According to James, the next step of this research will be to use the FNIH grant to explore population replacement strategies using the genetically modified mosquitoes. He stressed that no genetically altered mosquitoes will be released at any time during these studies.

About the University of California, Irvine: The University of California, Irvine is a top-ranked university dedicated to research, scholarship and community service. Founded in 1965, UCI is among the fastest-growing University of California campuses, with more than 24,000 undergraduate and graduate students and about 1,400 faculty members. The second-largest employer in dynamic Orange County, UCI contributes an annual economic impact of $3.3 billion.

Farnaz Khadem | EurekAlert!
Further information:
http://www.today.uci.edu
http://www.uci.edu

All articles from Life Sciences >>>

The most recent press releases about innovation >>>

Die letzten 5 Focus-News des innovations-reports im Überblick:

Im Focus: Making lightweight construction suitable for series production

More and more automobile companies are focusing on body parts made of carbon fiber reinforced plastics (CFRP). However, manufacturing and repair costs must be further reduced in order to make CFRP more economical in use. Together with the Volkswagen AG and five other partners in the project HolQueSt 3D, the Laser Zentrum Hannover e.V. (LZH) has developed laser processes for the automatic trimming, drilling and repair of three-dimensional components.

Automated manufacturing processes are the basis for ultimately establishing the series production of CFRP components. In the project HolQueSt 3D, the LZH has...

Im Focus: Wonder material? Novel nanotube structure strengthens thin films for flexible electronics

Reflecting the structure of composites found in nature and the ancient world, researchers at the University of Illinois at Urbana-Champaign have synthesized thin carbon nanotube (CNT) textiles that exhibit both high electrical conductivity and a level of toughness that is about fifty times higher than copper films, currently used in electronics.

"The structural robustness of thin metal films has significant importance for the reliable operation of smart skin and flexible electronics including...

Im Focus: Deep inside Galaxy M87

The nearby, giant radio galaxy M87 hosts a supermassive black hole (BH) and is well-known for its bright jet dominating the spectrum over ten orders of magnitude in frequency. Due to its proximity, jet prominence, and the large black hole mass, M87 is the best laboratory for investigating the formation, acceleration, and collimation of relativistic jets. A research team led by Silke Britzen from the Max Planck Institute for Radio Astronomy in Bonn, Germany, has found strong indication for turbulent processes connecting the accretion disk and the jet of that galaxy providing insights into the longstanding problem of the origin of astrophysical jets.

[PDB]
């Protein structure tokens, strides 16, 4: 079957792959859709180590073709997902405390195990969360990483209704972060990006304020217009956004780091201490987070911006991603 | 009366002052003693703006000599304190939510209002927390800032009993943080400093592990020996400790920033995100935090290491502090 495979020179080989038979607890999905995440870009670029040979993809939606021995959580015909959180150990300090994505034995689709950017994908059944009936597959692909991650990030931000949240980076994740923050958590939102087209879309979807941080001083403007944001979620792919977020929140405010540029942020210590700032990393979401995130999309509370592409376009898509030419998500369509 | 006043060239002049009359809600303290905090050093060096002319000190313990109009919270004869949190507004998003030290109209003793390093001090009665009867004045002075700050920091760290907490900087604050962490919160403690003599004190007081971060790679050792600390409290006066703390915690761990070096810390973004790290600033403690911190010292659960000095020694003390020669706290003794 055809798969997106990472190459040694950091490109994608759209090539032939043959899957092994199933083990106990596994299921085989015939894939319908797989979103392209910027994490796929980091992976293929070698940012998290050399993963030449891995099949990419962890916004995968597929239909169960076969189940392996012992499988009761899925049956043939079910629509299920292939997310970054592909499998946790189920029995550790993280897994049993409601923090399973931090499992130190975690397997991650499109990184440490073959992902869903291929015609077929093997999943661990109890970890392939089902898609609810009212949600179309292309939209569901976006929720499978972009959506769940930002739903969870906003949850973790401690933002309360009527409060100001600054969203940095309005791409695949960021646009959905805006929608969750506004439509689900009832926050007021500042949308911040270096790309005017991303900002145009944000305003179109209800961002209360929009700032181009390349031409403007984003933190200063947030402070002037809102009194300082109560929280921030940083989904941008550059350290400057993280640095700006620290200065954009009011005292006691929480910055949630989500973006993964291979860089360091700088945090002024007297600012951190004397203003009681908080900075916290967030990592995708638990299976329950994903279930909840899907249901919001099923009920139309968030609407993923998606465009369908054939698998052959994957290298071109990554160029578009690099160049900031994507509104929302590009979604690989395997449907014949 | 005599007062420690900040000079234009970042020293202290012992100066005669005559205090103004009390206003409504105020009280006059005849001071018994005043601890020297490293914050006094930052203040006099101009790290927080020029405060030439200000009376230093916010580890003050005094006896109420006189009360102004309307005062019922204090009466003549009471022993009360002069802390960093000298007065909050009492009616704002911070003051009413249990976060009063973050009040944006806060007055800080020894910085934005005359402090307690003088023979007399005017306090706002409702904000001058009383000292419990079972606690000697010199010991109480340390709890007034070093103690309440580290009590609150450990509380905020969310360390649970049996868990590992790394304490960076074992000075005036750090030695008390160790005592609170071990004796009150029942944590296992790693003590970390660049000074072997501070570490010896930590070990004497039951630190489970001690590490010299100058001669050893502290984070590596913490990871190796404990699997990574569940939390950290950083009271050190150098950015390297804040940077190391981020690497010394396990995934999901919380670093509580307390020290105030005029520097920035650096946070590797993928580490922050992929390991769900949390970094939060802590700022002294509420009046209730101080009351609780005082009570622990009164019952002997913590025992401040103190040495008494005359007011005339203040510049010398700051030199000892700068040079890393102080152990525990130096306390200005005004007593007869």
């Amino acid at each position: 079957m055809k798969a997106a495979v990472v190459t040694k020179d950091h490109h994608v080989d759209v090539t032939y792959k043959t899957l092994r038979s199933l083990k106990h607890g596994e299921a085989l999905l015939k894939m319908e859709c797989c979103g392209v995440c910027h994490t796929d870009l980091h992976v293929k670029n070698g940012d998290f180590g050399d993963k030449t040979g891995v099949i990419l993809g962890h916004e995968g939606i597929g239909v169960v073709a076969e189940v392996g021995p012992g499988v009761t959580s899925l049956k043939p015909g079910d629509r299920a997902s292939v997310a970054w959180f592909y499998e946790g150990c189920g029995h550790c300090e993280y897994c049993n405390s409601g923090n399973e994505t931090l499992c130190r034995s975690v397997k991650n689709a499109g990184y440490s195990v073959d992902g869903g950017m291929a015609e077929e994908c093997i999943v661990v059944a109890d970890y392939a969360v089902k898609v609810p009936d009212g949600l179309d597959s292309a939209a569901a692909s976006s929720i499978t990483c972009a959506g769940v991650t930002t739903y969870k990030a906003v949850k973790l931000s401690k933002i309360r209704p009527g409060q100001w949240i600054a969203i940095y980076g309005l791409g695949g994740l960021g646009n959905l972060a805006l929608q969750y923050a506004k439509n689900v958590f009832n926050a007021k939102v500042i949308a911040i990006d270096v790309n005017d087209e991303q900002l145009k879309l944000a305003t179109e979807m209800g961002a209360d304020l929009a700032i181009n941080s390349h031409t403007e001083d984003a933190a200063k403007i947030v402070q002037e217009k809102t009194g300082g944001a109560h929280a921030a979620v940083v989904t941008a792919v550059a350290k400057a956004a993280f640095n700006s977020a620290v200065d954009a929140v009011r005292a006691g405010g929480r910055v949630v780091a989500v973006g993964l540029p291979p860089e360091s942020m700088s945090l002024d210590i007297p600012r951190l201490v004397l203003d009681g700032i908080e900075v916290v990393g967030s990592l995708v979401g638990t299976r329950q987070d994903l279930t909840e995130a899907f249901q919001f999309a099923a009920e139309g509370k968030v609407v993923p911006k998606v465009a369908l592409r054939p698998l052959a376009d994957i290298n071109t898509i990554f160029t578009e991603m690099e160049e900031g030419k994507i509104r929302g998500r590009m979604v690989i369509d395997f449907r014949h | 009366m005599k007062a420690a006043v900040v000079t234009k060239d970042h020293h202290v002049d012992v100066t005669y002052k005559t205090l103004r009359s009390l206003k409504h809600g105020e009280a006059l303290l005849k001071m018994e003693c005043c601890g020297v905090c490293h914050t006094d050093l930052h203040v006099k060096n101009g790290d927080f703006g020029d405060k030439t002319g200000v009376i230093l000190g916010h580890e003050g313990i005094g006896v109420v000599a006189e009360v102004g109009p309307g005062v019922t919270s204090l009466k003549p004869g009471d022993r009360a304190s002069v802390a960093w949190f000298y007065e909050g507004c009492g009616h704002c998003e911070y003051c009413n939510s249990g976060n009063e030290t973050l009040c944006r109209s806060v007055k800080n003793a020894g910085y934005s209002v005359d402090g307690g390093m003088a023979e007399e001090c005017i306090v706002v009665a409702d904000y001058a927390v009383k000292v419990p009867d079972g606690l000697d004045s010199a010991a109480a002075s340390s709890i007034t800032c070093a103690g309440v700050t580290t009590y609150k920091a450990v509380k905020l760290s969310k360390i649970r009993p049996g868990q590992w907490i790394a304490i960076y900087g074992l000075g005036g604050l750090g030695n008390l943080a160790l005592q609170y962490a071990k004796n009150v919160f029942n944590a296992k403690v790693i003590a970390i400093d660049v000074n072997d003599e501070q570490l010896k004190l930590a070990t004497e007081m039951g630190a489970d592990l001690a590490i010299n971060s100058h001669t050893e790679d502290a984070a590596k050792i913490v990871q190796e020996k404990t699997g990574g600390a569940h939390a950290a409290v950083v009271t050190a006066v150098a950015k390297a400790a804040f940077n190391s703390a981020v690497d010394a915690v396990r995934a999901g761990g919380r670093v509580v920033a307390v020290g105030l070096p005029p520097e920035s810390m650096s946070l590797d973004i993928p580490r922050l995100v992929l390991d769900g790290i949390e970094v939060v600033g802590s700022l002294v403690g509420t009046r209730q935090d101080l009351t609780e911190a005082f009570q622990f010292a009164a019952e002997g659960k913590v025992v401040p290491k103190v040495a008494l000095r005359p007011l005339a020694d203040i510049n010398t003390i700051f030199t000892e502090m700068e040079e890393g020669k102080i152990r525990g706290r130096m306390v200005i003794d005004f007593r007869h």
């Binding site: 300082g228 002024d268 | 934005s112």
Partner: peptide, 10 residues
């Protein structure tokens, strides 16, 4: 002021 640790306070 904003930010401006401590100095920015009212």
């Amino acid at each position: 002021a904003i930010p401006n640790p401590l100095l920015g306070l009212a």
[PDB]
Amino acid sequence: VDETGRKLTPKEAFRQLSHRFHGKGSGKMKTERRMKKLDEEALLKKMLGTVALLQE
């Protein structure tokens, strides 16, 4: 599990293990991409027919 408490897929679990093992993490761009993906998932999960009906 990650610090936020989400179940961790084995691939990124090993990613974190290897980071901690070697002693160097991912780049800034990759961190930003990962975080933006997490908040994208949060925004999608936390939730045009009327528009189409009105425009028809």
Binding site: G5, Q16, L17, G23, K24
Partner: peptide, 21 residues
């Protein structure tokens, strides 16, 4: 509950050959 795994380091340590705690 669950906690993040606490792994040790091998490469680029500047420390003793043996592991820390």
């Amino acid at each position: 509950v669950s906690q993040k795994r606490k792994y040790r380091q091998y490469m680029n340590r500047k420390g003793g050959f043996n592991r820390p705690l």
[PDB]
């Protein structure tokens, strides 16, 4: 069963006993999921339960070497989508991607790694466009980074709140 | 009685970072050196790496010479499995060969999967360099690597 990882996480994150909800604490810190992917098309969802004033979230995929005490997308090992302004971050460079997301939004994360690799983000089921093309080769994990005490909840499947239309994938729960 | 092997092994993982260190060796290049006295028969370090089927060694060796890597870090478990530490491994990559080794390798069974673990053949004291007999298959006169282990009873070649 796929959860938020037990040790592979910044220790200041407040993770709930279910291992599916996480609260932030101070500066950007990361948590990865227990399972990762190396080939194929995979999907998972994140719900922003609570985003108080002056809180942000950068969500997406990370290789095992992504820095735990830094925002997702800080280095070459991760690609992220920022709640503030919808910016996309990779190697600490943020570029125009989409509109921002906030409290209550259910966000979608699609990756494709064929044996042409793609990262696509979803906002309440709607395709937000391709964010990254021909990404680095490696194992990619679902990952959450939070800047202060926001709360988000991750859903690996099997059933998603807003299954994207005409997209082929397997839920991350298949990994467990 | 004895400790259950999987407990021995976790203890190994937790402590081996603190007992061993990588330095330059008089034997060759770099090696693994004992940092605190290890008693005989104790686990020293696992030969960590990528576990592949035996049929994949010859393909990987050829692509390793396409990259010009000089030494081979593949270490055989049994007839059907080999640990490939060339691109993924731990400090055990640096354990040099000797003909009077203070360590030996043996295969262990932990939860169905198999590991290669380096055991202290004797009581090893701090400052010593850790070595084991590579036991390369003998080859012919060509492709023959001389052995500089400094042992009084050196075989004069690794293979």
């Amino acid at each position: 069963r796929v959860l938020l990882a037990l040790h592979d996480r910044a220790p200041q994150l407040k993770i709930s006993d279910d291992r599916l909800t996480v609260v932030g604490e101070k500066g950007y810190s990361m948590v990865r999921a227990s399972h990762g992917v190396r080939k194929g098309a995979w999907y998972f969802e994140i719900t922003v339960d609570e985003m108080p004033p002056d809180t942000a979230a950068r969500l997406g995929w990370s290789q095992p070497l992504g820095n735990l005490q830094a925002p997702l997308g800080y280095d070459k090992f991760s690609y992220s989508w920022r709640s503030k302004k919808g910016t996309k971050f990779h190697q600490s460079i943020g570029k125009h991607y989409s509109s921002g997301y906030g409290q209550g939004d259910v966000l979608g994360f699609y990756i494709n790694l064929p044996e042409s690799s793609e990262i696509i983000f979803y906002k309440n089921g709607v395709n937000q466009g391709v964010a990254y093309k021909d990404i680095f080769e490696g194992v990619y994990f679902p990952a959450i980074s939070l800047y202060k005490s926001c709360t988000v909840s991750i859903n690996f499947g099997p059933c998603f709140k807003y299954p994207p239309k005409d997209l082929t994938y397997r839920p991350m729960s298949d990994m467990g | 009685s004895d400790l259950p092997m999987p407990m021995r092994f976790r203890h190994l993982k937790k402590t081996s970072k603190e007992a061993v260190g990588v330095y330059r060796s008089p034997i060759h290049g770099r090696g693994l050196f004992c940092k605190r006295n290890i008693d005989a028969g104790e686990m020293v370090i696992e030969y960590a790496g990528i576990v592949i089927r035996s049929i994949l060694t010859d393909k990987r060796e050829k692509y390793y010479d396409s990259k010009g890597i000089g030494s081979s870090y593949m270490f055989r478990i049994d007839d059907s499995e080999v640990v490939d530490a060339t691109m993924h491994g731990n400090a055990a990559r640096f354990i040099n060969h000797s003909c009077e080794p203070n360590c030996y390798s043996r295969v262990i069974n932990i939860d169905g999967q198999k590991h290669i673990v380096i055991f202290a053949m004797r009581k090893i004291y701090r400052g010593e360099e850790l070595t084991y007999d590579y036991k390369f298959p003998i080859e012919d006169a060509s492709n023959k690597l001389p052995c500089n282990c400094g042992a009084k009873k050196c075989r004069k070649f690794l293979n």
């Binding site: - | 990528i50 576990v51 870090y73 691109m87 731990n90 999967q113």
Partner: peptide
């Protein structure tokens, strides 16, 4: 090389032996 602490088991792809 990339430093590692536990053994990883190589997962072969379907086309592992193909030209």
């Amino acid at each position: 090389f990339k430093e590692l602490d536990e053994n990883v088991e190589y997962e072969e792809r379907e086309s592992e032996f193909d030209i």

Supermassive black holes form some of the most enigmatic phenomena in astrophysics. Their enormous energy output is supposed to be generated by the...

Im Focus: A Quantum Low Pass for Photons

Physicists in Garching observe novel quantum effect that limits the number of emitted photons.

The probability to find a certain number of photons inside a laser pulse usually corresponds to a classical distribution of independent events, the so-called...

Im Focus: Microprocessors based on a layer of just three atoms

Microprocessors based on atomically thin materials hold the promise of the evolution of traditional processors as well as new applications in the field of flexible electronics. Now, a TU Wien research team led by Thomas Müller has made a breakthrough in this field as part of an ongoing research project.

Two-dimensional materials, or 2D materials for short, are extremely versatile, although – or often more precisely because – they are made up of just one or a...

All Focus news of the innovation-report >>>

Anzeige

Anzeige

Event News

Expert meeting “Health Business Connect” will connect international medical technology companies

20.04.2017 | Event News

Wenn der Computer das Gehirn austrickst

18.04.2017 | Event News

7th International Conference on Crystalline Silicon Photovoltaics in Freiburg on April 3-5, 2017

03.04.2017 | Event News

 
Latest News

DGIST develops 20 times faster biosensor

24.04.2017 | Physics and Astronomy

Nanoimprinted hyperlens array: Paving the way for practical super-resolution imaging

24.04.2017 | Materials Sciences

Atomic-level motion may drive bacteria's ability to evade immune system defenses

24.04.2017 | Life Sciences

VideoLinks
B2B-VideoLinks
More VideoLinks >>>